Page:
Should Older Women Get the HPV Vaccine?

Health News

By Anne Harding

TUESDAY, June 2, 2009 ( — Most people have heard about the shot that can protect young girls and women from the human papillomavirus, or HPV, which can lead to cervical cancer. But what about older women?

The picture for older women—meaning mid-20s and up—is a bit murkier. According to a study published this week in The Lancet, an HPV vaccine can indeed protect women ages 24 to 45 from getting the sexually transmitted virus.

But that doesn’t necessarily mean that every woman in this age group needs—or should get—such shots, some experts say. The vaccine is currently approved for use in women and girls ages 9 to 24, and insurers don’t cover it for older women.

In addition, it’s not clear whether the vaccine will actually protect older women from cervical cancer, and it isn’t cheap. The vaccine’s three injections (sold as Gardasil in the United States) cost about $375, and that doesn’t include the office-visit fees that some doctors charge.

It’s definitely possible that Gardasil could benefit older women, says Kenneth Noller, MD, of Tufts Medical Center, in Boston, who wasn’t involved in the research. “This article doesn’t give me enough information to know,” Dr. Noller says. “What we really need to know is if these women who were vaccinated developed less significant disease than women who weren’t vaccinated, and we won’t know this until several years from now.”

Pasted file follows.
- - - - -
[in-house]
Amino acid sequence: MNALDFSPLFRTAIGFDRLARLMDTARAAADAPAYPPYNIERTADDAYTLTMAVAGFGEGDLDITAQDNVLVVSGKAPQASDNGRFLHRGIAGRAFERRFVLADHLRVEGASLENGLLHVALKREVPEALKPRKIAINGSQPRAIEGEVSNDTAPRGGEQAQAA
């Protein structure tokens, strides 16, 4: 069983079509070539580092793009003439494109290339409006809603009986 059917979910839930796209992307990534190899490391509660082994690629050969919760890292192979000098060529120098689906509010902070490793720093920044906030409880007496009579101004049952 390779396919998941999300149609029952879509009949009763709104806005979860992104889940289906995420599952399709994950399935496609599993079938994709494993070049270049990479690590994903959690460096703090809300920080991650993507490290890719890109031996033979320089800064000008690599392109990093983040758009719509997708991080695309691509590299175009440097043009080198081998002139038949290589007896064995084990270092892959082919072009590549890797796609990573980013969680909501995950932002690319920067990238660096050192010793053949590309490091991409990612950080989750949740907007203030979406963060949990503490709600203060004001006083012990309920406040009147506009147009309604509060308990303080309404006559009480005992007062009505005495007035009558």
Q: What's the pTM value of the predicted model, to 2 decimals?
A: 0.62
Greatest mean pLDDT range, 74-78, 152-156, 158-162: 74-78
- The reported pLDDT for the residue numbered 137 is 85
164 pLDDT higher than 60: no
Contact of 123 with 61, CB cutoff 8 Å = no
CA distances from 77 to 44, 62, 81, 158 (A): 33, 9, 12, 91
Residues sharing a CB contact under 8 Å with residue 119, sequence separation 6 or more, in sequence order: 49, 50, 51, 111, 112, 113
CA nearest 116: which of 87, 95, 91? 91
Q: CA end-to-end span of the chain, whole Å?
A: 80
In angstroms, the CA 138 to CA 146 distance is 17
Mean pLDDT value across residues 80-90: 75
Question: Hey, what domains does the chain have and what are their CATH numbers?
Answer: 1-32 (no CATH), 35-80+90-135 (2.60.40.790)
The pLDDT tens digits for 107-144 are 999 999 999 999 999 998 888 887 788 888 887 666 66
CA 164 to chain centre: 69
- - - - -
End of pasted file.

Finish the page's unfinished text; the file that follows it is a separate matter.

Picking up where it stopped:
Nevertheless, Kevin Ault, MD, an ob-gyn at Emory University School of Medicine, in Atlanta, who helped conduct the new study, says he would recommend Gardasil for older patients who run the risk of being exposed to an HPV infection. He uses the example of someone entering the dating scene after years of monogamy. “Real-life examples come to me all the time,” Dr. Ault says.


Comment from Leslie

This has been all over the news today – I chose the most unbiased article to post.  This is nothing more that opening new markets for a dangerous vaccine to a population of women already at risk for more adverse reactions because of age.


Author: Leslie Carol Botha

Author, publisher, radio talk show host and internationally recognized expert on women's hormone cycles. Social/political activist on Gardasil the HPV vaccine for adolescent girls. Co-author of "Understanding Your Mood, Mind and Hormone Cycle." Honorary advisory board member for the Foundation for the Study of Cycles and member of the Society for Menstrual Cycle Research.